Funding Gifted in Tight Times

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As the legislature convenes in special session and school districts across New Mexico build budgets for funding the 2017-2018 school year, the New Mexico Association for Gifted would like to highlight the need for a range of quality gifted education programming in our state.

A wide range of needs

New Mexico’s student population contains a wide range of gifted students – children of immigrants, research scientists (and immigrant research scientists!), artists, farmers; speakers of Spanish and English, Navajo and Tagalog; students whose lives outside of school are incredibly enriched in ways that support school learning, as well as those who care for siblings instead of doing homework, so that their parents can work multiple jobs.

At current funding levels, schools across New Mexico struggle to identify giftedness with equity and serving the wide range of needs. Yet, thanks to the promises made in Individual Education Plans, our gifted students may receive a range of services to meet their needs, including small group services that help students who will be the first generation in their family to attend college, whole-day programming for the highly gifted, acceleration in talent areas, and special thinking skills instruction.

Funding to remove some of the inequity

Our schools work hard to build meaningful, effective gifted education services because they train our future leaders. In our diverse state, gifted education removes some of the inequality in our communities, lifting high-potential children up, regardless of socioeconomic status. They also make school appropriate for students with a wider range of abilities – supporting students who learn fast to stay motivated and move toward expertise – because instead of entertaining and controlling themselves as others struggle, they learn something new every day.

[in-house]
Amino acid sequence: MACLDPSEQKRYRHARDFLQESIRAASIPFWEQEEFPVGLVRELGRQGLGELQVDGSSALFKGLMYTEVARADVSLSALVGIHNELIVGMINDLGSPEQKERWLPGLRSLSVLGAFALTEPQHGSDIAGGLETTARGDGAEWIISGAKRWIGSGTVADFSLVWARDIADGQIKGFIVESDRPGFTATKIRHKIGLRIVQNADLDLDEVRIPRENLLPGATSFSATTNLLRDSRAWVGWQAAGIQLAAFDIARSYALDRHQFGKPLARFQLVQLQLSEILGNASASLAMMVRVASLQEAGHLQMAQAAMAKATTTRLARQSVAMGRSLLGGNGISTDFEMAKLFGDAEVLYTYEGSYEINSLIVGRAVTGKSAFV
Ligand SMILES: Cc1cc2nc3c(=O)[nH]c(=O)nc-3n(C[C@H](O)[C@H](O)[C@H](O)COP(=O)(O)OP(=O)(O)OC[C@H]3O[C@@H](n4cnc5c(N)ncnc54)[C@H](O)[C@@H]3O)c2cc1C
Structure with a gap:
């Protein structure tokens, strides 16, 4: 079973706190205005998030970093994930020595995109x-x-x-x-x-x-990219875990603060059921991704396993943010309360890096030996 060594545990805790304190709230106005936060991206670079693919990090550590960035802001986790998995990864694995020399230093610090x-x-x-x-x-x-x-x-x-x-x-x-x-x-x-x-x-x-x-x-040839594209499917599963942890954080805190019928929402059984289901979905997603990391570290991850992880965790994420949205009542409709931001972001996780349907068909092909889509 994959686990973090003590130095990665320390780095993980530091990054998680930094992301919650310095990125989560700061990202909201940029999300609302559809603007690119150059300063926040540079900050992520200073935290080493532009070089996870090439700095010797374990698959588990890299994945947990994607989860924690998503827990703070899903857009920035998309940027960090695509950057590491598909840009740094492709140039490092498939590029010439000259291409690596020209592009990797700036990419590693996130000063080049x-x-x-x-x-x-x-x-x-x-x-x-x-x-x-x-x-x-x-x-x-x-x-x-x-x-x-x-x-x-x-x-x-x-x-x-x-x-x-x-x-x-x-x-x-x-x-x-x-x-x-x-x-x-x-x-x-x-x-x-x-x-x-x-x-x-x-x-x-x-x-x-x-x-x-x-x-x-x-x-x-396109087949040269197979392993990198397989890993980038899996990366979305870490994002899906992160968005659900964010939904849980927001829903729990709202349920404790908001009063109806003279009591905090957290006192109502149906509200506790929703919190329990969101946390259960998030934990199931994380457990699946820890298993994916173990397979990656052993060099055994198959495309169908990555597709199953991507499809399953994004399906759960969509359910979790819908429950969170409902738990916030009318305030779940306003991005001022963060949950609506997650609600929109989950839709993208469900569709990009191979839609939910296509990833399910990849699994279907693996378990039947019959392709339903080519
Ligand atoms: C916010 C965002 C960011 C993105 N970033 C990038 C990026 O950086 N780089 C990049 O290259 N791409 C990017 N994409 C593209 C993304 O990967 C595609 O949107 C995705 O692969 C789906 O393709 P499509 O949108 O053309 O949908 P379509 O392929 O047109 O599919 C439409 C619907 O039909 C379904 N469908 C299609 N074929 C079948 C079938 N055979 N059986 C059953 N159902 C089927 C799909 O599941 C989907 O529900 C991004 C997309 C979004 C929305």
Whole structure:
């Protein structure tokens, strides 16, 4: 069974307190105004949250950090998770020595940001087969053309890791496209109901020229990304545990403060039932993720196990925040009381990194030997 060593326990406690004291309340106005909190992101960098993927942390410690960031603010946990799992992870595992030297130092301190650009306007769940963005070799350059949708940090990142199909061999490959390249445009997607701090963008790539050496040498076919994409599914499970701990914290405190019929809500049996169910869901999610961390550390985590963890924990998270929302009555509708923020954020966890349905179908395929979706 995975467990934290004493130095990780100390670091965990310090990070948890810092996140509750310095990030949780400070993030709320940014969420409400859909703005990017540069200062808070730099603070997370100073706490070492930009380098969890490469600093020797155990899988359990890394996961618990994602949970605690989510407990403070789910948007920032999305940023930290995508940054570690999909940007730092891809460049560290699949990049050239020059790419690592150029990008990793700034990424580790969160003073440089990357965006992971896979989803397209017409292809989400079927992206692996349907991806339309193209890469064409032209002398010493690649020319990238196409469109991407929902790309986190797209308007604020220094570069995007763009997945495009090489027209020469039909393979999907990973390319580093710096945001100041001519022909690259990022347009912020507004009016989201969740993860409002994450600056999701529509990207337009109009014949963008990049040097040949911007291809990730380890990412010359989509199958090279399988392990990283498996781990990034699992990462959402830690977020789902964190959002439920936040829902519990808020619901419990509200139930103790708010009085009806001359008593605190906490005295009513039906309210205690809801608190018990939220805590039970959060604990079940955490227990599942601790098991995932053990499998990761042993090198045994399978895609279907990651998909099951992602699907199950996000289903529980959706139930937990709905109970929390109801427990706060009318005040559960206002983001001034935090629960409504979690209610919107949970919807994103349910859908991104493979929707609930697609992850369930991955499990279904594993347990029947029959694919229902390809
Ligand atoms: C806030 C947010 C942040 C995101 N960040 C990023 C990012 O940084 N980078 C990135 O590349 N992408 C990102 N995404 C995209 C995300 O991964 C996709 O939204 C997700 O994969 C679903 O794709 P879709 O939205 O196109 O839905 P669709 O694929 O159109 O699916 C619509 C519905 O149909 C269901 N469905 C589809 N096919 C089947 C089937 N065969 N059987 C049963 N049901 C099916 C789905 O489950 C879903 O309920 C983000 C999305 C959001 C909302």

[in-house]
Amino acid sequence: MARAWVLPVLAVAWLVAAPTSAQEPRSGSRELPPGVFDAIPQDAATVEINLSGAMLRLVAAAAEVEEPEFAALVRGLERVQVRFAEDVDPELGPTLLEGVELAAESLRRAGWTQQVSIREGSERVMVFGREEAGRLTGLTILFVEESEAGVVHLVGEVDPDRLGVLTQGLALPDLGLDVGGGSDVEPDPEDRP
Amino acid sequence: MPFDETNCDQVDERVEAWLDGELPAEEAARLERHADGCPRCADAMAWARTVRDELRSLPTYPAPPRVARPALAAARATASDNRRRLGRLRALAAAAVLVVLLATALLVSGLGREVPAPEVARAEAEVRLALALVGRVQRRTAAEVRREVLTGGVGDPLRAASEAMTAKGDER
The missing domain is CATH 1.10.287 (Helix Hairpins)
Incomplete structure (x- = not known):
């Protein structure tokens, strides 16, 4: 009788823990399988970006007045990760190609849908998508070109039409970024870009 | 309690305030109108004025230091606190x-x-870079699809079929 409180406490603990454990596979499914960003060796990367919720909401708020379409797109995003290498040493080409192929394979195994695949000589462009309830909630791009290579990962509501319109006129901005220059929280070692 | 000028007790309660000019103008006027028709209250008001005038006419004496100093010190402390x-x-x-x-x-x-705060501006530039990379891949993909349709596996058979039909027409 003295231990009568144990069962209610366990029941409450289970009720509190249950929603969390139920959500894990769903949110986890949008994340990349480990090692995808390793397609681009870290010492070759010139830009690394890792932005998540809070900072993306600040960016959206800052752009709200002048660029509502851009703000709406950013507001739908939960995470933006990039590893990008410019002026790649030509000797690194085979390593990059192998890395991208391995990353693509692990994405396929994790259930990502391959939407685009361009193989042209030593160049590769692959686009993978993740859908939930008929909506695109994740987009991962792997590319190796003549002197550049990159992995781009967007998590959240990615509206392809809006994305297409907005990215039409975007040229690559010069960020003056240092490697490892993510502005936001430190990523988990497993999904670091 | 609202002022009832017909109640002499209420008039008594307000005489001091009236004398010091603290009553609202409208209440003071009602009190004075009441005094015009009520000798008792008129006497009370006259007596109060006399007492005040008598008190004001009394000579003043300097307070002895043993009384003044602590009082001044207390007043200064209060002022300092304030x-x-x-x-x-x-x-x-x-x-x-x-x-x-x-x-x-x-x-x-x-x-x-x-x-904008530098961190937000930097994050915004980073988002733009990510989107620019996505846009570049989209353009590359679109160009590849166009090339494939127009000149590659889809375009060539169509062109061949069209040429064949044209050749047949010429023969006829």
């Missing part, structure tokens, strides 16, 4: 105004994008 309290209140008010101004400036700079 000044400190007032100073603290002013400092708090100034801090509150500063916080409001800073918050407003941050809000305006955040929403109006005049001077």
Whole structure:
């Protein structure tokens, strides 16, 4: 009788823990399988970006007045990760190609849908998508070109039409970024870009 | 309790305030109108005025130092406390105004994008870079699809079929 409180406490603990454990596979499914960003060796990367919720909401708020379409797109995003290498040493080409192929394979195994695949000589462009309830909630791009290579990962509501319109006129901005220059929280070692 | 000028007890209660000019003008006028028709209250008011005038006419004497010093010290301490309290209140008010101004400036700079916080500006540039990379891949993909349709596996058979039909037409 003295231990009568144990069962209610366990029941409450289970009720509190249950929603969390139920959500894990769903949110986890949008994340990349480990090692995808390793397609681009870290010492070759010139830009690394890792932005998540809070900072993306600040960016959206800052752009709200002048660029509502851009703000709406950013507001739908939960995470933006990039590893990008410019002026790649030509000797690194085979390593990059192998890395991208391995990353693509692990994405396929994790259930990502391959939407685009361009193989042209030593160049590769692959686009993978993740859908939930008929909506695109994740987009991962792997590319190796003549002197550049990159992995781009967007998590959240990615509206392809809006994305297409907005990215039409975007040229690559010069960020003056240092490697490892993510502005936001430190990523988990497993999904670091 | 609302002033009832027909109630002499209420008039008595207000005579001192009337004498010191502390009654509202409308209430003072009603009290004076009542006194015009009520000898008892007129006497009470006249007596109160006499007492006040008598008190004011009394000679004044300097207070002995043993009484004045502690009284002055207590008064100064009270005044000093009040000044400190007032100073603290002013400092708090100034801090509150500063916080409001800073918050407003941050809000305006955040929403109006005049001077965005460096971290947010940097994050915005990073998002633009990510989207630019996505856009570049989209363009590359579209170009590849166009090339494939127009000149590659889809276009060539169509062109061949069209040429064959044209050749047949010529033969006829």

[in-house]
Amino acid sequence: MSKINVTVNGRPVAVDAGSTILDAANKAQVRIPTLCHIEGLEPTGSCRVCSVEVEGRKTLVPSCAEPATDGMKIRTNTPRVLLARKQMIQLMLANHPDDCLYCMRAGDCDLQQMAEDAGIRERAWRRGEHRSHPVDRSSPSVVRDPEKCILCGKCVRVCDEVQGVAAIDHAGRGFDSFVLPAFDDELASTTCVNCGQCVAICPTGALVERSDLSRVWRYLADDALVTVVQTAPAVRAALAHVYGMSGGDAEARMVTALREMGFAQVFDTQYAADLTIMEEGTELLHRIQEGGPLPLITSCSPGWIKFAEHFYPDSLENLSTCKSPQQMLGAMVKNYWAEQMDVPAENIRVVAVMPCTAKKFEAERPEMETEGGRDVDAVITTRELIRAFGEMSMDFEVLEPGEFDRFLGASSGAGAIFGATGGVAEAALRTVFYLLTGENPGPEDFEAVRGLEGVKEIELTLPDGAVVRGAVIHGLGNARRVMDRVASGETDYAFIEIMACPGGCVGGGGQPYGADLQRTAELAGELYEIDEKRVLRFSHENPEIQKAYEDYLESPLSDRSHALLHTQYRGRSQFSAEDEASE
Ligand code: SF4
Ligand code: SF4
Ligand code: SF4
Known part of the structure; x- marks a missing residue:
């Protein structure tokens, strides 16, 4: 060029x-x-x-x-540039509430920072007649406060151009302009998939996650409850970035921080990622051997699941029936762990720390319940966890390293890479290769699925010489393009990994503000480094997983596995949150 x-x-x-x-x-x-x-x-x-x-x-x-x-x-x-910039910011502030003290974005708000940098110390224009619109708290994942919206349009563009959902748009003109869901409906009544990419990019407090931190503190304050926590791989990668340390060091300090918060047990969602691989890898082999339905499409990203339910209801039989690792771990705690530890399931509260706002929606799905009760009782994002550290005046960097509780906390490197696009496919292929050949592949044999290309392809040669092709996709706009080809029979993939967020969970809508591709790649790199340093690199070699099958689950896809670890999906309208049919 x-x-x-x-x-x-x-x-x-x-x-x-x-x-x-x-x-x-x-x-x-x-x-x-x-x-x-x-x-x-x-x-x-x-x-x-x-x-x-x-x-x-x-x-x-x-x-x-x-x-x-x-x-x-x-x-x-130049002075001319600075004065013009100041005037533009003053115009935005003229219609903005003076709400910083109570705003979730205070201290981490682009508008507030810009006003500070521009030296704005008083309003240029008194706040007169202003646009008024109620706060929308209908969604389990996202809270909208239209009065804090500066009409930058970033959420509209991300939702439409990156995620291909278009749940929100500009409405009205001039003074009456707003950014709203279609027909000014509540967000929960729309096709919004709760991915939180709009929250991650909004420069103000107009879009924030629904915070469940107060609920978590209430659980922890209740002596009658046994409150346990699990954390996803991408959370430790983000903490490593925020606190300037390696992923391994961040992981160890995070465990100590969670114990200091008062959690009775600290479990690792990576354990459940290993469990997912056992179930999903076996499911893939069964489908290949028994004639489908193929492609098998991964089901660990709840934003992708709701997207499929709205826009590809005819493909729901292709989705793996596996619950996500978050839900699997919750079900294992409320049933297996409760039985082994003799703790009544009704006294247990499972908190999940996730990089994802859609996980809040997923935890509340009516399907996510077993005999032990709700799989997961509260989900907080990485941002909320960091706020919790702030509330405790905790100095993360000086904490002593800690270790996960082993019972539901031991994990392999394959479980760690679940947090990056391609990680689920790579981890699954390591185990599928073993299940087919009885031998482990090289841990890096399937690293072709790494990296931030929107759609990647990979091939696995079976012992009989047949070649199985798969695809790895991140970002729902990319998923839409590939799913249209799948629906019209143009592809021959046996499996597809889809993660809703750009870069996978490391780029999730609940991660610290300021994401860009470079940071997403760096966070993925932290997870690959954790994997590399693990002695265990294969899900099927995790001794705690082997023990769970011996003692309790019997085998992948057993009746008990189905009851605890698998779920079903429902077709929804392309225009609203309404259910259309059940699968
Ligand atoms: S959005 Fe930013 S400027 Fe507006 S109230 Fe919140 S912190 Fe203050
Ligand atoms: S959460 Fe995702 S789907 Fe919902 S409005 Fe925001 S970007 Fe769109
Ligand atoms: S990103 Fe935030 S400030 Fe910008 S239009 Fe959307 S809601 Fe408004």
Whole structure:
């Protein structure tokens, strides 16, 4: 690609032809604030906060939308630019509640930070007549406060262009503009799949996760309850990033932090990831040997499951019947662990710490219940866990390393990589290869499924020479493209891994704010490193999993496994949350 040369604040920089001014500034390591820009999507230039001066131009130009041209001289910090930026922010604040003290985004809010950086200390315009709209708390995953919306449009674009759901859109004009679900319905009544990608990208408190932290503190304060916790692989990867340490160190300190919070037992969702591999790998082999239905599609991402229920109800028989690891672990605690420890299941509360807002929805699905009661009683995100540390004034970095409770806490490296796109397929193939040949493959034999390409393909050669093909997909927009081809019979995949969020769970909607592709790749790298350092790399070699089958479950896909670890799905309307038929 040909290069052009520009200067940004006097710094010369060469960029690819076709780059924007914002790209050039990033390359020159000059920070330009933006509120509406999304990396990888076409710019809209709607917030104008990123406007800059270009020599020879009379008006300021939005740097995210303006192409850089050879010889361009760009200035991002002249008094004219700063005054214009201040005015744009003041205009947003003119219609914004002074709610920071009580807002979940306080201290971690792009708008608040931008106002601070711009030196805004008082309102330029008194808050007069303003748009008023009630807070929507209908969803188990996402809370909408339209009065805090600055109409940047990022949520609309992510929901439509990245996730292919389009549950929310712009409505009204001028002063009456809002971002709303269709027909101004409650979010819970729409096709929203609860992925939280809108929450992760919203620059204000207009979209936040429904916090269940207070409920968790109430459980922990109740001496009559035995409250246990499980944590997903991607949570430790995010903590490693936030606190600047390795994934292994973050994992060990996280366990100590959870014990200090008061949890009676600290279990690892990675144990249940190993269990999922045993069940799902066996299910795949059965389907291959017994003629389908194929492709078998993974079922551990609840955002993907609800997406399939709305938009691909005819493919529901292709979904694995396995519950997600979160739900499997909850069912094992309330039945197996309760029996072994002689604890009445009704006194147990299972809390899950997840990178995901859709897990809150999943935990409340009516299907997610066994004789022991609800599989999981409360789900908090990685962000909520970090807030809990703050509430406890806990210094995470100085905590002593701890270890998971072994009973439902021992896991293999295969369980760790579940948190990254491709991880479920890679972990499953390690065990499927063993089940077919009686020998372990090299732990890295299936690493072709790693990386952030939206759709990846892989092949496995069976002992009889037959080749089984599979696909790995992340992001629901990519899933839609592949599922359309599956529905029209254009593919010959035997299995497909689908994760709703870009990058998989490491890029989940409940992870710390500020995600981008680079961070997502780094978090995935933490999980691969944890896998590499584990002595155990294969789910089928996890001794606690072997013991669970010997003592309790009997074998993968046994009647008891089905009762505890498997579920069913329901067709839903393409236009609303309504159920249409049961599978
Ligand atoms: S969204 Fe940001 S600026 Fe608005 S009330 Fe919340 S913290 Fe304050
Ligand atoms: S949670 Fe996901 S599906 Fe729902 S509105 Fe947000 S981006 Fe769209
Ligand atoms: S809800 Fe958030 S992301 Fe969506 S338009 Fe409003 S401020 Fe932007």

In tight times, it is a tendency of education policy makers to sort “needs” from “wants,” and to place some educational services like gifted education, early intervention, summer programs, and special education for those with disabilities – services that only affect small groups – in the “want” group.

NMAG believes strongly that individualized gifted education is a NEED. It is a need in all of our communities. In all of our schools. As it educates our future leaders, experts, and creators, gifted education is a need for today, because it builds New Mexico’s tomorrow.

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About Geoffrey Moon

Geoffrey Moon is the Gifted Support Specialist for Santa Fe Public Schools and Past President of New Mexico Association for the Gifted.

1 Comment

  1. Thanks, Geoffrey, for crafting this statement. Funding gifted services for underrepresented populations is not optional, and despite what some would have us believe, we know the money is not going away even in tight times. Any attempt to defund gifted education at a district is robbing children of services they are due.

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